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twinkle lights

I discovered something by accident last year. I don’t like for twinkle lights to twinkle. I mean… I want the lights to be ON and to actually light up, but I don’t want them to blink. Part of living with an acquired disability is learning to make adjustments. Having Meniere’s disease may mean that you learn what may be specific triggers for you and do what you can to avoid those triggers. I have problems with lights. This is part of the reason I don’t drive at night anymore. I don’t have night blindness, but oncoming traffic light triggers extreme vertigo. So I don’t drive at night. It’s a pain, but a necessary change in my life.

Other kinds of lights bother me. I discovered that Christmas tree twinkle lights make me feel as if the room is rotating. Quickly. So I am making adjustments that include a delay in decorating the family Christmas tree until I can get to the store to buy more twinkle lights – ones that don’t twinkle. So – picture with me plugging in our Christmas tree every evening and BAM. LIGHT everywhere. But it won’t twinkle… which means I can hang out in the same room as the tree is in without heaving all over the nearest family member.

Making Adjustments

One of the wonderful things about having a blog with numerous guest authors is that I have learned a bunch of things about other disabilities. Being a client at Fidos For Freedom, Inc., has also helped because I have been able to personally get to know people who live with other kinds of disabilities and chronic illnesses. Through the years I have learned about some of the adjustments that folks use to navigate life:

1. Get more rest

According to the National Sleep Foundation, average, healthy adults need 7-9 hours of sleep every night (National Sleep Foundation, 2011). While most of us very likely receive far less than that, the experts agree that this is the amount we should strive for every night. However, people who live with disability or invisible illness may actually require more. At the very least, these folks should make the 7-9 suggested hours a priority.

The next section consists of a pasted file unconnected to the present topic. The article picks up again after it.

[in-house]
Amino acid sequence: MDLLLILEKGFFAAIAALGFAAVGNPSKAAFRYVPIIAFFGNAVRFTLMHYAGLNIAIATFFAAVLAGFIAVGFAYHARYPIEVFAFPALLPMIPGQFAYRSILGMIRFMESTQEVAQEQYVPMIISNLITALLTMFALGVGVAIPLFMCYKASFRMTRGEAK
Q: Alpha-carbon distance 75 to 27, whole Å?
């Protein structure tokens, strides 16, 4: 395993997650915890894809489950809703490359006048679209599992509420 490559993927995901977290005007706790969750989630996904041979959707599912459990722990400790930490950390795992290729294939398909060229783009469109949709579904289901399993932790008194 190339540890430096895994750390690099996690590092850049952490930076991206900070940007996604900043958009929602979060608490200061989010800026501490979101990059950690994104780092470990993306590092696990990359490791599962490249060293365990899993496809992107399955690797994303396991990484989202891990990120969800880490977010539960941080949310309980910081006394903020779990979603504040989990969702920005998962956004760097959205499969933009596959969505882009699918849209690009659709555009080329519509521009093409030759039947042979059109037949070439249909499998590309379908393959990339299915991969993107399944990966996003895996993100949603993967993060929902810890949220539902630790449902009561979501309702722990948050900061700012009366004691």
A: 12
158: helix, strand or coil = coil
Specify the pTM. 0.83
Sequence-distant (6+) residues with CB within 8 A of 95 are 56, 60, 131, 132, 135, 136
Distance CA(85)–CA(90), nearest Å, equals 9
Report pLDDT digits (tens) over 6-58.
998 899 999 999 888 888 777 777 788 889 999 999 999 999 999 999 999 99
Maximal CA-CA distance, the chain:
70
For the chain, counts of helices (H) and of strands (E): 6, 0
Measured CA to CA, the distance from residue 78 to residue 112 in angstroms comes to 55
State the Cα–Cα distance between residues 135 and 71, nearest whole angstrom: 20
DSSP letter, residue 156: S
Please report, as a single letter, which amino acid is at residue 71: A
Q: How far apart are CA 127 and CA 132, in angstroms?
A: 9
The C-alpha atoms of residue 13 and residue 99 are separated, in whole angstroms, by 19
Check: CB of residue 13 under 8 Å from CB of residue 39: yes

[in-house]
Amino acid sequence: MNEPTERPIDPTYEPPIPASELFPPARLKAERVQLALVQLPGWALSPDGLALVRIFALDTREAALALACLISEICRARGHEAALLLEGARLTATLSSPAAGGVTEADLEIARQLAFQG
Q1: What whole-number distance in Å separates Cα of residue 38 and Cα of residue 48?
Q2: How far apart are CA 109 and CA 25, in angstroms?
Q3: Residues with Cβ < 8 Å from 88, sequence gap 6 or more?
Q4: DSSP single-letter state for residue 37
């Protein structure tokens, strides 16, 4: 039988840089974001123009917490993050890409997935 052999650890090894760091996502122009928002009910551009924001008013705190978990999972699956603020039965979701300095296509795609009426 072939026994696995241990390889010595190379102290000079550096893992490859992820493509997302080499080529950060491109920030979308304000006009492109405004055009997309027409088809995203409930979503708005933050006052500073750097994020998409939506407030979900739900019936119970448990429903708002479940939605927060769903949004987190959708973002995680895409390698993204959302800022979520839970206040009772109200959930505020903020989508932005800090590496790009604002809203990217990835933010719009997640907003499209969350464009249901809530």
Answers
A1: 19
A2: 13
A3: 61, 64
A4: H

I now know that people with MS, fibromyalgia, chronic fatigue syndrome, and various neurological disorders may not only need a good night’s rest, they may also need a daily nap. Doing so may mean that they can continue their day performing at their best. Not taking one may mean they are more at risk for an accident, “brain fog”, etc. One of my friends actually said her doctor told her, “If I need to write you a prescription to take a nap everyday so that you can get the rest you need, I’ll write you one!” That’s what I need. A prescription for a nap! :-)

2. Leave Home Prepared

People with acquired disability likely learned the hard way to leave home prepared. That may mean making sure you have extra cochlear implant batteries. It may mean that you have an extra cane in the car. Maybe it means that you make sure you have an extra meal or snack if you are diabetic. You may have a medical pack that holds injections, emergency contact information, medicines, etc. If you have a service dog it requires that you walk out the door with water, an extra meal (in case caught away from home during mealtimes), clean up bags, vest and I.D. Spontaneously running out the door while only grabbing your keys is something you just can’t do anymore. But that’s OK. Learning to leave home prepared really takes very little time and in the long run can only help you.